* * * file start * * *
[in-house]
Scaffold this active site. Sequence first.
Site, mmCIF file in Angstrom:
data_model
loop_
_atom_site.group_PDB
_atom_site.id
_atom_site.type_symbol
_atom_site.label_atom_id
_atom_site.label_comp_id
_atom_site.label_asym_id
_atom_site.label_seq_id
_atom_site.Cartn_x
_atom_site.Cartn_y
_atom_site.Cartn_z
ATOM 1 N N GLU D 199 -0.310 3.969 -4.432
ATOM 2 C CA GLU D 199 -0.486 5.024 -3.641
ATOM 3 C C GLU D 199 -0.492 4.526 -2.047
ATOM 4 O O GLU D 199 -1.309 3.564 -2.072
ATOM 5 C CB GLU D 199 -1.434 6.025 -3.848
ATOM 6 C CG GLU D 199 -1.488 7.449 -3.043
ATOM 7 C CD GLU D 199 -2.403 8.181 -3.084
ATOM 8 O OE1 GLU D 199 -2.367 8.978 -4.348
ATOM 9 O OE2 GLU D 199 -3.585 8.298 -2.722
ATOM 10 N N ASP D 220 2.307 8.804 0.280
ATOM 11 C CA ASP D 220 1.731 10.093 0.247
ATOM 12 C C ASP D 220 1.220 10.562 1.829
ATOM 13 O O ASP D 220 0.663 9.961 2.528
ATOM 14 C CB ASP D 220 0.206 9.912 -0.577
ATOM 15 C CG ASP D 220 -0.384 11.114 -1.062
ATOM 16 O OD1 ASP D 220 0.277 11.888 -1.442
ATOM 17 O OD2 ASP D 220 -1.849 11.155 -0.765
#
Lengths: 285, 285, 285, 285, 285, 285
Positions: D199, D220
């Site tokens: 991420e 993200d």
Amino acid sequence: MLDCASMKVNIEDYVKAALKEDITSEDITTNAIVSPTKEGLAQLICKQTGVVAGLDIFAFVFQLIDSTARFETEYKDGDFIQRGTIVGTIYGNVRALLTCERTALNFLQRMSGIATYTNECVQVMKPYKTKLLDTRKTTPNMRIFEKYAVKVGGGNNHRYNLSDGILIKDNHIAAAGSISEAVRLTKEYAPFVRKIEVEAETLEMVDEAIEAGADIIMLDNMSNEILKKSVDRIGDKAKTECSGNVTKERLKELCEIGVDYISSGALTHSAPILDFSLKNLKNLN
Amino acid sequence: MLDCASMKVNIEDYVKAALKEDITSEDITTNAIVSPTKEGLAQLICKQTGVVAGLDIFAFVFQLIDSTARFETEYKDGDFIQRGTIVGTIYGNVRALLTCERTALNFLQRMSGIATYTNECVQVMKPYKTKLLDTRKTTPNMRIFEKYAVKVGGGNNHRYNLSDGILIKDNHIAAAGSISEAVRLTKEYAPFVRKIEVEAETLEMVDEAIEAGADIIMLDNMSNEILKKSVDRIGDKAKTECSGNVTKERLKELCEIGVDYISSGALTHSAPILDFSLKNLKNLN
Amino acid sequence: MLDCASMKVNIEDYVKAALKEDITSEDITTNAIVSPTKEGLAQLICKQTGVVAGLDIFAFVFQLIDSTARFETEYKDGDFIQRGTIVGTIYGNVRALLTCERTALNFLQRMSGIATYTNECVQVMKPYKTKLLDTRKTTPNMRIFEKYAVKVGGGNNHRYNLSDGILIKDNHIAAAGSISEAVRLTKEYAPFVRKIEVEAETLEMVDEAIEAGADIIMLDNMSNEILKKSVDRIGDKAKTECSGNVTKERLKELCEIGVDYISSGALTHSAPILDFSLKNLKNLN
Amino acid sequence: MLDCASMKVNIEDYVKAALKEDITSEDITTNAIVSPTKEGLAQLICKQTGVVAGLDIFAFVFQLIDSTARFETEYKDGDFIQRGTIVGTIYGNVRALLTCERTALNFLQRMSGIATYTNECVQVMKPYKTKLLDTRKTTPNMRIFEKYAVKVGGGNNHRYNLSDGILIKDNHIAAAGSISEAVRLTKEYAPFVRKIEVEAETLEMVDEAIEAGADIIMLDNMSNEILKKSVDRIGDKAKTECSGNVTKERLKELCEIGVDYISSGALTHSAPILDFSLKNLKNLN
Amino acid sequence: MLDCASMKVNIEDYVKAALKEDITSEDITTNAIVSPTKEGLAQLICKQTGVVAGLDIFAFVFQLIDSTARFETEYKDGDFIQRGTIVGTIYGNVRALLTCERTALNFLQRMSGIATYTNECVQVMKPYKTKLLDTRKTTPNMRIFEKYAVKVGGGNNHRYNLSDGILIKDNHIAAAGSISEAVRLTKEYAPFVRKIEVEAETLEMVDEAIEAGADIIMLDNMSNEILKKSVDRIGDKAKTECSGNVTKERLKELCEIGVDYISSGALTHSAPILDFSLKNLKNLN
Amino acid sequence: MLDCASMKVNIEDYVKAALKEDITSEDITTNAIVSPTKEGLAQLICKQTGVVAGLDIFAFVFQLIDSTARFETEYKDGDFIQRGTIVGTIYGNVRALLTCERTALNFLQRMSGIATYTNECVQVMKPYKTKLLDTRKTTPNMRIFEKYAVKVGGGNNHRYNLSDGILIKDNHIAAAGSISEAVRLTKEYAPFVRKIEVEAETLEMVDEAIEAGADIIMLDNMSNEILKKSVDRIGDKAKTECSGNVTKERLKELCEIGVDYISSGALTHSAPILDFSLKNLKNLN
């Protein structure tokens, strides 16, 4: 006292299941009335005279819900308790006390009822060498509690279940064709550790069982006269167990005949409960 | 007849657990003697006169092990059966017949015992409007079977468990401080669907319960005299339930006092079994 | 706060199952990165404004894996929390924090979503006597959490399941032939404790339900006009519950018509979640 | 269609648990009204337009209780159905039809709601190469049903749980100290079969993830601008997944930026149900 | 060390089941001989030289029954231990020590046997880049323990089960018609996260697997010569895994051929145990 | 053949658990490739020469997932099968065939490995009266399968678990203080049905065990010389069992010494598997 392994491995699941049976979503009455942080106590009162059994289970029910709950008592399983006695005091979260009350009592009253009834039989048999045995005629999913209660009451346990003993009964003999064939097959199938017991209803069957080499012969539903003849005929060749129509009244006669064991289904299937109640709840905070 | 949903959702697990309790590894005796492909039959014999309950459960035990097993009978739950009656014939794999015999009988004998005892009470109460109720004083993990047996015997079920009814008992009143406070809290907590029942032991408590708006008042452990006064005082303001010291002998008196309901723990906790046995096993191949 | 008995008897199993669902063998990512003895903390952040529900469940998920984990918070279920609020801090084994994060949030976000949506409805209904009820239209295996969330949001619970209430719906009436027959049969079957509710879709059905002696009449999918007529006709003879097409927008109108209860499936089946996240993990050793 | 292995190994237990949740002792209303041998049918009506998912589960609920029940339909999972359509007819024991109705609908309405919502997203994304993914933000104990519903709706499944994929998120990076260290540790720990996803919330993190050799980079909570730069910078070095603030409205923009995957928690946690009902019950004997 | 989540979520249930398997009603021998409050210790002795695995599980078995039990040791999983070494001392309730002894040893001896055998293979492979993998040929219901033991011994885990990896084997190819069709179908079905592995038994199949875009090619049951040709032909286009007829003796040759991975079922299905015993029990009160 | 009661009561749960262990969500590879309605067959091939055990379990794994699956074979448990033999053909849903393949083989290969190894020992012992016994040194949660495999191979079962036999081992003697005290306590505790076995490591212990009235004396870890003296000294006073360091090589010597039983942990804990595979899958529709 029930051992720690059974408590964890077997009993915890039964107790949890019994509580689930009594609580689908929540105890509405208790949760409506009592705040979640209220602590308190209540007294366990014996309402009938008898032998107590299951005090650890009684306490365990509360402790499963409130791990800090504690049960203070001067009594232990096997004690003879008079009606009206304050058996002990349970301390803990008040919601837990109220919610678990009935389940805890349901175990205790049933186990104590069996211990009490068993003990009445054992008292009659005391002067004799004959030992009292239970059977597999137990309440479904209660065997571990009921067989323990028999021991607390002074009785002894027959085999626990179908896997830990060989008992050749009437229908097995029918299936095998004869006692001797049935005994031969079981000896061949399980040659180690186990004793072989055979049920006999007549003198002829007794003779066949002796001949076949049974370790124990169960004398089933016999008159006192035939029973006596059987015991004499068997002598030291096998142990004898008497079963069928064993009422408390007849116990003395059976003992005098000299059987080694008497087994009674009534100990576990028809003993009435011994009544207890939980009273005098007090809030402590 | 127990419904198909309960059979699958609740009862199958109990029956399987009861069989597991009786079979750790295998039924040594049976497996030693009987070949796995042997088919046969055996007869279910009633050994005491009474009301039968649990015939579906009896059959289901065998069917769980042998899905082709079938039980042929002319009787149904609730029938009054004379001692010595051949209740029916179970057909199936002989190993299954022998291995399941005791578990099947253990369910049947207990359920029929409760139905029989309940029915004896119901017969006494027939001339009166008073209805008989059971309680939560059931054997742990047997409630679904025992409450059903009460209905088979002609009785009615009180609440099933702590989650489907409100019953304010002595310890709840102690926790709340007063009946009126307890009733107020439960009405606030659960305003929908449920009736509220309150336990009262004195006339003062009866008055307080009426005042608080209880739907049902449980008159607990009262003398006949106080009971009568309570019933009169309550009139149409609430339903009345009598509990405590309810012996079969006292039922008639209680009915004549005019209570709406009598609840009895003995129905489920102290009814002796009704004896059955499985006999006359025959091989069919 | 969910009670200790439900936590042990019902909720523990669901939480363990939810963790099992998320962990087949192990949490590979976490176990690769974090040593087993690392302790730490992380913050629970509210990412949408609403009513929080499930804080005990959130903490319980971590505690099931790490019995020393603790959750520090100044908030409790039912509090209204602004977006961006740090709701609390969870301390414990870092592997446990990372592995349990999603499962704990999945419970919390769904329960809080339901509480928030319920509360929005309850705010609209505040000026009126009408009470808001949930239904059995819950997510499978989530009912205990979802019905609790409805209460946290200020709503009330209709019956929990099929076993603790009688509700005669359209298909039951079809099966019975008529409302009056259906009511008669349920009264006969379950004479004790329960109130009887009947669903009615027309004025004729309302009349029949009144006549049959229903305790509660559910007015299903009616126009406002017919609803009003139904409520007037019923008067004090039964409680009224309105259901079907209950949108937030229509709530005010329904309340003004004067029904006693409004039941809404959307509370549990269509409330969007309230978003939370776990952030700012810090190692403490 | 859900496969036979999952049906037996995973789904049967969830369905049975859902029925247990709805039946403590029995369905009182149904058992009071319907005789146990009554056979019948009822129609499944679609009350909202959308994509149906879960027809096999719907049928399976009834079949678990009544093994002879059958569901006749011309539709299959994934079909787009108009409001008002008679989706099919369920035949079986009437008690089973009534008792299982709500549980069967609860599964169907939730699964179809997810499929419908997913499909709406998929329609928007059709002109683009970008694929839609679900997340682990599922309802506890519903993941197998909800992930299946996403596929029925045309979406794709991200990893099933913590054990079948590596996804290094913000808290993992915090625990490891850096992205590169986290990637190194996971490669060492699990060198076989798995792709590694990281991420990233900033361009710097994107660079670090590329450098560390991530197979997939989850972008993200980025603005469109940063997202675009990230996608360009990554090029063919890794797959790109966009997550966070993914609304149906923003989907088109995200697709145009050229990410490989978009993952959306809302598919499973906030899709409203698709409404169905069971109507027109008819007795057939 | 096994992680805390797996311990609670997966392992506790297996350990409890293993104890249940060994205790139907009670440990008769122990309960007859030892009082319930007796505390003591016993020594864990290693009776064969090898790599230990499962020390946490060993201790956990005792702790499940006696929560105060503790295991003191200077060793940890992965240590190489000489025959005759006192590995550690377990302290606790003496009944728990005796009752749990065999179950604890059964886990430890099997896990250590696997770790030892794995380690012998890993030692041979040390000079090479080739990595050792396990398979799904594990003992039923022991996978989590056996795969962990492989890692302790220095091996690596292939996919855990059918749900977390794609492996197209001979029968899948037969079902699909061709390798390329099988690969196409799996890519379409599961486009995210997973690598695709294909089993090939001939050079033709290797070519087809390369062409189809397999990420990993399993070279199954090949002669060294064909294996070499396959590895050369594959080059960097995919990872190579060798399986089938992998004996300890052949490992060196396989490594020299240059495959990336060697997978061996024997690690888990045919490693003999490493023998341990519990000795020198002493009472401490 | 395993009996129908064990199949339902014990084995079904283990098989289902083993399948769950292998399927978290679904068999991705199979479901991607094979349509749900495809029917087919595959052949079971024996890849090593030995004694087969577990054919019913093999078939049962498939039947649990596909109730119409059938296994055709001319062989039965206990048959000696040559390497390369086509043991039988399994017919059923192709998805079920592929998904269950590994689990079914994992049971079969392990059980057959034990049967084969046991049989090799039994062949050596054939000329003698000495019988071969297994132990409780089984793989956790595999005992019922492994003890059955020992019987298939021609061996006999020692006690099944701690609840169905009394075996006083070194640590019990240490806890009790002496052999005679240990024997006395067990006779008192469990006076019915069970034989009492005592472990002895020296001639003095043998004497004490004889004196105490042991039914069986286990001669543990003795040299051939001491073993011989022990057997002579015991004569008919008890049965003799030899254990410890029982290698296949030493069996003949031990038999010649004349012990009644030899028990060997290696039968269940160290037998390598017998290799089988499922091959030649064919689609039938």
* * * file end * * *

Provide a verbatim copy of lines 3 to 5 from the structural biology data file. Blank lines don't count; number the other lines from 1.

Site, mmCIF file in Angstrom:
data_model
loop_